Innovation: Education

Y is for Young Writers Project

Using the Young Writers Project to teach writing

using the Young Writers Project to teach writingThere are so many reasons to appreciate how we teach adolescents to write in Vermont. One of these gifts is the resource of the Young Writer’s Project.

Let’s look at what makes this online resource so powerful for educators to present as an option for students looking to explore their writers’ identities.

Young Writer’s Project seeks to give a voice to adolescent writers. Close to 1,000 people around the country are members – ranging in geography from California, and Texas, but the majority are in Vermont.

On the site, students can share their own original writing, photography, and digital art.

Everyone can access the site’s materials for free; its goal is to help young people “develop the confidence and communication skills necessary to shape their world”.

YWP — Youth Voices from Young Writers Project on Vimeo.

Why it works for teaching writing

They gain feedback about their work from trusted members of the YWP community, whose readers are made up mostly of students, but also of teachers and artists.

Students get supportive and specific feedback on their writing and are encouraged to give others feedback. Anyone can create a new account but the membership is heavily moderated, so as to create a maximally supportive and nurturing environment for young writers. This is a deliberately safe and constructive space for students to explore their identities as authors.

Here’s an example of some writing and feedback:

Using the Young Writers Project to teach writing
A writer’s work is centered on the page, while a list of users who liked the work appears at left, and specific feedback at right.

This is a great resource that you as an educator can direct students to, so they can connect with their peers and begin to explore the critical feedback loop in a constructive manner.

the ABCs of edtechYoung Writers Project is a (potentially) excellent example of an extended learning community engaged in work of personal meaning for an authentic audience. It reflects much of the design, thinking and cultural foundation that may be important for any extended community platform.

 

How do educators use the Young Writers Project?

Daily Challenge

Teachers love many things about YWP. They often use the site’s Daily Challenges for writing prompts to use with students. Students post their responses to prompts in the hopes of getting published.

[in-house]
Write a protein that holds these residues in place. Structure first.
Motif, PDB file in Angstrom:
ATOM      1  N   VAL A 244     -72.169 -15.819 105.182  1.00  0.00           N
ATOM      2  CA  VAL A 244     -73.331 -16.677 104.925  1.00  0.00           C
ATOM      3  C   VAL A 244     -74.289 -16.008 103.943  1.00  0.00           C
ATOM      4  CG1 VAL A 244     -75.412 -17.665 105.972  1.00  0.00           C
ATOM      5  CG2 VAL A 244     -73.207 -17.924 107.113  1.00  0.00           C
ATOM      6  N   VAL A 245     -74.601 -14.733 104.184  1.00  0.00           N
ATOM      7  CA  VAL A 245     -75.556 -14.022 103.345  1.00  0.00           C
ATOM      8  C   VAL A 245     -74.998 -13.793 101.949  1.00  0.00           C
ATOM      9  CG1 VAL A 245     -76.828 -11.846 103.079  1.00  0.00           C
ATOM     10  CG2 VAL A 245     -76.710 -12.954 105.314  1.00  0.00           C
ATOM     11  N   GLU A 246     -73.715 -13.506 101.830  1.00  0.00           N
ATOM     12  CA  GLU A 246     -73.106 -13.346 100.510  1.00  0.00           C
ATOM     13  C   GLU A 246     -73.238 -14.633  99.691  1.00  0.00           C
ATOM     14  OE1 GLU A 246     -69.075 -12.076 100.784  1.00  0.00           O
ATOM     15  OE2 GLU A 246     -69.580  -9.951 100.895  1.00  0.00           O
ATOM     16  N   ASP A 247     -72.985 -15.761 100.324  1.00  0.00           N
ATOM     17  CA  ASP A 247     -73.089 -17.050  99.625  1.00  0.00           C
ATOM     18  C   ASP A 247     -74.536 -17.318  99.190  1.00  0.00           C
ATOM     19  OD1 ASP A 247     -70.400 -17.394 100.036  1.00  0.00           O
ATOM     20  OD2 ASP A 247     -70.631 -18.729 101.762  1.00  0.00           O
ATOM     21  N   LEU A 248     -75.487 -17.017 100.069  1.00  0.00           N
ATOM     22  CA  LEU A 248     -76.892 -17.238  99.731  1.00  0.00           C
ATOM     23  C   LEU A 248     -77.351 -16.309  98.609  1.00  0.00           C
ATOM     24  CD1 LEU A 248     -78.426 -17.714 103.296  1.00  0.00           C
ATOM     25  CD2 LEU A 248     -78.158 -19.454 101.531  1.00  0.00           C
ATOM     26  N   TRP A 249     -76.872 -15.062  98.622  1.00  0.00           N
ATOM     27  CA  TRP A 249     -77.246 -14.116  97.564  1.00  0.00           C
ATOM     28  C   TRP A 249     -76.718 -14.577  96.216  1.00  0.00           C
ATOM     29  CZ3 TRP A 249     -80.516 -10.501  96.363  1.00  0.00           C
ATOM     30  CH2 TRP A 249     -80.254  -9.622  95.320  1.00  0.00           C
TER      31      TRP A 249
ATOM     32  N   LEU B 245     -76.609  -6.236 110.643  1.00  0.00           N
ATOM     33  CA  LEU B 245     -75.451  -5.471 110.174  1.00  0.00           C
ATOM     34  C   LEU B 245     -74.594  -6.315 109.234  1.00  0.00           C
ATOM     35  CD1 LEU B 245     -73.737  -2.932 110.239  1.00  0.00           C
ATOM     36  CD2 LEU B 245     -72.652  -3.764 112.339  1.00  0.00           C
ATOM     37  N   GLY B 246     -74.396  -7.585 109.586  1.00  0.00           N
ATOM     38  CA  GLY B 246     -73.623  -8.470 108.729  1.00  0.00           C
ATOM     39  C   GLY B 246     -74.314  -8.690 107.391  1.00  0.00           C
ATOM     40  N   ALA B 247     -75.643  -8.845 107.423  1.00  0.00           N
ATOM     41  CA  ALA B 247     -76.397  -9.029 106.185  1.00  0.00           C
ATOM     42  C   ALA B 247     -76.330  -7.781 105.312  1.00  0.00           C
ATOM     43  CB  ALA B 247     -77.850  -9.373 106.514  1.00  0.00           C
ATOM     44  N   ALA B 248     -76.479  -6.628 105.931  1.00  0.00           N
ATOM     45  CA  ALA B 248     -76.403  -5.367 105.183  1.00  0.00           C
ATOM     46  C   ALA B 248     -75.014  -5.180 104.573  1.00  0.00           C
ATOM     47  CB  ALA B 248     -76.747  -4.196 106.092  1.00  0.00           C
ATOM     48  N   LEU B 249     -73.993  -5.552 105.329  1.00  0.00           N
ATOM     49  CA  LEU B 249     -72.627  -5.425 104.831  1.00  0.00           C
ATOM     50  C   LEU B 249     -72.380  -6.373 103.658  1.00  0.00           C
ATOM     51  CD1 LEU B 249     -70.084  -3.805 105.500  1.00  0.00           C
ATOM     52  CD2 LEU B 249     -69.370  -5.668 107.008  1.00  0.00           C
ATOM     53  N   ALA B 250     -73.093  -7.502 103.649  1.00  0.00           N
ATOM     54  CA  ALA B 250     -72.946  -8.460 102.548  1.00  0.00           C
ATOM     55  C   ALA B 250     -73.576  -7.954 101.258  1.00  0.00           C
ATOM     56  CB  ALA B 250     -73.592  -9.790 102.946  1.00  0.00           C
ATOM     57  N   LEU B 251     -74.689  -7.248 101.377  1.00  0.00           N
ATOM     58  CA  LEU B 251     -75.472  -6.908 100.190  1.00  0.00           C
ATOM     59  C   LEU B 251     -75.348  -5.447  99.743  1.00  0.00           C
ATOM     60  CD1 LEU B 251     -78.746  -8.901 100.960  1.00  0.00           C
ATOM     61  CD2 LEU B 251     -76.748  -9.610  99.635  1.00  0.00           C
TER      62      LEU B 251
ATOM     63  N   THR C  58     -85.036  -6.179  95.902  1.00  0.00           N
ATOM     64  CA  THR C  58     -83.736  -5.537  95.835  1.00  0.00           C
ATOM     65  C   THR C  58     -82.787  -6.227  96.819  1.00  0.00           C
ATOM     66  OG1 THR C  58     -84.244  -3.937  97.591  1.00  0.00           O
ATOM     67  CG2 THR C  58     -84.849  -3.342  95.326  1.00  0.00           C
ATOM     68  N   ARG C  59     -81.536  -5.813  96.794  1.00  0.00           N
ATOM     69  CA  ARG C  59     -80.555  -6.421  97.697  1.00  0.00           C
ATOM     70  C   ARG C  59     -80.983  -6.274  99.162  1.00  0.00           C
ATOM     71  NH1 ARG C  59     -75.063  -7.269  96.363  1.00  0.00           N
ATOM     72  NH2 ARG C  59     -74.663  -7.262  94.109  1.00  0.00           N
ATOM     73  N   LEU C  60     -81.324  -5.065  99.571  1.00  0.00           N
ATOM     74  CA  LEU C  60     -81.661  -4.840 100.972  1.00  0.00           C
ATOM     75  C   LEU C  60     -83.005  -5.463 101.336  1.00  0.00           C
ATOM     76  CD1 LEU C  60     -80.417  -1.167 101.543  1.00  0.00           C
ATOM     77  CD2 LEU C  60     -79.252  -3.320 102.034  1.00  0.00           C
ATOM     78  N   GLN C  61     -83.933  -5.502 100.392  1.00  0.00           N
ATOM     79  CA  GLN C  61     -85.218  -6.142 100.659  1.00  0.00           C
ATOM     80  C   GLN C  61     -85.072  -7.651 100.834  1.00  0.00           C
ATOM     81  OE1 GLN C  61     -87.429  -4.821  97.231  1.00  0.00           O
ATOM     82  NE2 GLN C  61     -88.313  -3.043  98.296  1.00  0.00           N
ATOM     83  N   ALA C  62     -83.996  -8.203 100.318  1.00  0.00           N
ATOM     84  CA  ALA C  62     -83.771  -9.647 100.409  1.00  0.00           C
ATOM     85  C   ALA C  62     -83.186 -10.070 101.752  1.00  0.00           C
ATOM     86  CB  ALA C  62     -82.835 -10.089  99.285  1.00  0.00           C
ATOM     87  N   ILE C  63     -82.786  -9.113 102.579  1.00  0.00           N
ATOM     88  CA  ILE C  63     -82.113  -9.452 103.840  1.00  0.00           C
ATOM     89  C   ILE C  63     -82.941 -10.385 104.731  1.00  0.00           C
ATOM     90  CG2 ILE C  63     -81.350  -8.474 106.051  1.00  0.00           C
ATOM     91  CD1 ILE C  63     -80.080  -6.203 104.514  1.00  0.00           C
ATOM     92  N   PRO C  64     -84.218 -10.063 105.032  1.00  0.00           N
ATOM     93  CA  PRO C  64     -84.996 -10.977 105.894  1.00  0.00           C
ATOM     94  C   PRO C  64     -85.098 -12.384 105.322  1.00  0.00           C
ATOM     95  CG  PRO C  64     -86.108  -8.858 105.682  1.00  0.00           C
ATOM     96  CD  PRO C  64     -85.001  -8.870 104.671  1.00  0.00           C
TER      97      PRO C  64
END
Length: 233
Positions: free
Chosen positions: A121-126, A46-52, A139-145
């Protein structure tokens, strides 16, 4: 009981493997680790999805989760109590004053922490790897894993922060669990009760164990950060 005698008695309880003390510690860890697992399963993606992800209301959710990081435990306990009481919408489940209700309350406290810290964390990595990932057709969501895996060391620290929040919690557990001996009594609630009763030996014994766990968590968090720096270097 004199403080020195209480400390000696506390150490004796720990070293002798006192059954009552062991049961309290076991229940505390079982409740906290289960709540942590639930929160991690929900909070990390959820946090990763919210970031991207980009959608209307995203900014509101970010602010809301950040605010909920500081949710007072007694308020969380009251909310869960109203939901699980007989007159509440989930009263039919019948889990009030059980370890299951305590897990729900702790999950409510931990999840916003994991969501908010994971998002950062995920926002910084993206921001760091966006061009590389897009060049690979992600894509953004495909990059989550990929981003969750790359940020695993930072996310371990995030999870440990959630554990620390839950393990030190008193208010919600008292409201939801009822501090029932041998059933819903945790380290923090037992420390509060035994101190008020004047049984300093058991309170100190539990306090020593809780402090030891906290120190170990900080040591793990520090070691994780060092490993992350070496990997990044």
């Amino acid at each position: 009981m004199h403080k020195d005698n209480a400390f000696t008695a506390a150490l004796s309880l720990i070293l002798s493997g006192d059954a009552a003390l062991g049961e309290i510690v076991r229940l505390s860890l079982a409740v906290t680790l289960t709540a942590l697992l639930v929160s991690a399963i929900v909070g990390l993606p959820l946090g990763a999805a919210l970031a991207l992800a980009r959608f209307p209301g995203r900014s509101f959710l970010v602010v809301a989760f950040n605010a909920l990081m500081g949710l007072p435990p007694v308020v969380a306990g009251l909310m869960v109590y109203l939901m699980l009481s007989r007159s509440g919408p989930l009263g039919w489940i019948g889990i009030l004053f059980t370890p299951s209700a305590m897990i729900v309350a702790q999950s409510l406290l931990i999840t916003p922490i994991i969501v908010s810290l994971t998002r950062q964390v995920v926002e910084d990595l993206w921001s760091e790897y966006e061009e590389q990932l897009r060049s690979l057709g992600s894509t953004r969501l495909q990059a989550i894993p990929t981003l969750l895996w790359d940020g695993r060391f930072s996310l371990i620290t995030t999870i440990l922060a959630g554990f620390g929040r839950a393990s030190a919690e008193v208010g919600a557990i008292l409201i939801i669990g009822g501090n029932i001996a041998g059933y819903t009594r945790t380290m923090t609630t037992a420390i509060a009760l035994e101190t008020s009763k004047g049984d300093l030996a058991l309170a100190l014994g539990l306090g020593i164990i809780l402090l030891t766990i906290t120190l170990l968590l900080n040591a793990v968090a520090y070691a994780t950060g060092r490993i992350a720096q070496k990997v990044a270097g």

Labs

There are also a variety of informal learning experiences on the site, called Labs. Anyone on the site can stop in and complete some skills building exercises to learn and practice particular skills.

These labs could be a great practice resource in the classroom, extra credit activities, or just a bit of extra help for someone interested in a specific skill. Some labs build on each other to eventually impart a complicated set of skills.

How could you see using Young Writers Project with your students?

Need to catch up on your edtech ABCs? Check out the full series here.

Author

Rachel Mark

Rachel Mark joins the Tarrant Institute as a Professional Development Coordinator in the southern part of Vermont. Prior to working with TIIE, Rachel was a middle school literacy and social studies teacher at Tarrant partner school Manchester Elementary-Middle. As a teacher, Rachel loved exploring new content and new methods with inquisitive young adolescents. She thinks middle schools are the most dynamic learning centers in the state. Rachel is passionate about supporting teachers and helping them overcome obstacles; it’s her mission to break down the barriers that teachers face in implementing change. She is interested in student reflection and portfolio based assessment, inquiry and project-based learning

When she's not reading, researching and supporting teachers, Rachel loves
to play. She balances her life shuttling three busy kids around by getting
sweaty and zen - yoga, exercise, and being outdoors are how she recharges
her metaphorical batteries.

8 comments

What do you think?

Subscribe via email

Enter your email address to subscribe to this blog and receive notifications of new posts by email.

Join 5,399 other subscribers